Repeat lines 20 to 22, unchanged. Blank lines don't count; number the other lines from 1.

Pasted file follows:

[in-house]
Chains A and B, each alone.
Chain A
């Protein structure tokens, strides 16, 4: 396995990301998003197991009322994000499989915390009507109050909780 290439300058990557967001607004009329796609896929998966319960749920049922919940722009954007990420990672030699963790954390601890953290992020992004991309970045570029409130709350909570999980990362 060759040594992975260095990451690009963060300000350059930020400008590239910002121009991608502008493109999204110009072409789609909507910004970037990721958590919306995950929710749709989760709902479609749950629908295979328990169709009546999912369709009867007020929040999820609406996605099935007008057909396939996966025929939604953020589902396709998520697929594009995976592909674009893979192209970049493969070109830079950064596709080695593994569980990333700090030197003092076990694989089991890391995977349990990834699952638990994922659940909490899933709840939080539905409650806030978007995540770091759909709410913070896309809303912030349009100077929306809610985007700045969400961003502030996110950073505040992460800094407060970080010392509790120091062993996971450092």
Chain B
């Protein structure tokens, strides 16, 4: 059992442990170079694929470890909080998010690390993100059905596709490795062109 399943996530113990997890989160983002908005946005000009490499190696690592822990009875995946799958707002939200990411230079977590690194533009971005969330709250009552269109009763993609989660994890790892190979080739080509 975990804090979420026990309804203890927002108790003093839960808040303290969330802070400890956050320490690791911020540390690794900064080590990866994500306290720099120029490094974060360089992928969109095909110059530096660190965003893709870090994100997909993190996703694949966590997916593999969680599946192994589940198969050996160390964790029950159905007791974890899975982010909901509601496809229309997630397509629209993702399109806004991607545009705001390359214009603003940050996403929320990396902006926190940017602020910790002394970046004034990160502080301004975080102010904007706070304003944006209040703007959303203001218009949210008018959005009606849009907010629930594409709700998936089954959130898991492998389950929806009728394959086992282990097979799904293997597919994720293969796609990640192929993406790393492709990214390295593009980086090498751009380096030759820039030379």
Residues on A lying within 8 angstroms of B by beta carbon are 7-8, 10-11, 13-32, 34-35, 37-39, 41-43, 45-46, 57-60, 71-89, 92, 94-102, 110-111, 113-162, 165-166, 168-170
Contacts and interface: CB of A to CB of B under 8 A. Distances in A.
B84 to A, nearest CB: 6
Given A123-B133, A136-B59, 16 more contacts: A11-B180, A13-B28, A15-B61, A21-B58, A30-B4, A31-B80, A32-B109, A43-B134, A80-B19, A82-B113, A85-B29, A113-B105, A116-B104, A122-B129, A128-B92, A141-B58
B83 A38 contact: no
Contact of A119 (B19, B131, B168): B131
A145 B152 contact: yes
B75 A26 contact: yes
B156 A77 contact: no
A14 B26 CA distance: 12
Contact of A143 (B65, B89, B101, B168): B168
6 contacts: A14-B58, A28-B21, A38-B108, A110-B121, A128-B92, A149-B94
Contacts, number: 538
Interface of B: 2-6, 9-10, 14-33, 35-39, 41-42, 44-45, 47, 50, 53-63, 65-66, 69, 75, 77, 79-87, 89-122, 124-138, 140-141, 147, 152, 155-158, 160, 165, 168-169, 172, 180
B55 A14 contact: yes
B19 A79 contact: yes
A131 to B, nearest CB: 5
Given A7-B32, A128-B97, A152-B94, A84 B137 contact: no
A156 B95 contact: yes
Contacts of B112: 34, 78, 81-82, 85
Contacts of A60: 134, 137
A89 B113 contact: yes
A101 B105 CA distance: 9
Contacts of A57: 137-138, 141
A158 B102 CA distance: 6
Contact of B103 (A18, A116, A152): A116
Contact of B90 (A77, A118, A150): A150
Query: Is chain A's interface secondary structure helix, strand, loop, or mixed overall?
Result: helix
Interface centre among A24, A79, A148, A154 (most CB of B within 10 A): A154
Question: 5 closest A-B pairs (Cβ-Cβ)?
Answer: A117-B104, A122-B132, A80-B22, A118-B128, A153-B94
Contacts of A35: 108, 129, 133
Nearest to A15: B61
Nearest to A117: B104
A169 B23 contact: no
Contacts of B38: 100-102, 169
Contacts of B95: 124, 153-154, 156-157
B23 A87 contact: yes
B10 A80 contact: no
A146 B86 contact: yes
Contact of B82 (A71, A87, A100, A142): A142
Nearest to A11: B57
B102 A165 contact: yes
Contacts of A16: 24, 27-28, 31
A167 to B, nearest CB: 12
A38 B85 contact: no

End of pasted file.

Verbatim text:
Interface of B: 2-6, 9-10, 14-33, 35-39, 41-42, 44-45, 47, 50, 53-63, 65-66, 69, 75, 77, 79-87, 89-122, 124-138, 140-141, 147, 152, 155-158, 160, 165, 168-169, 172, 180
B55 A14 contact: yes
B19 A79 contact: yes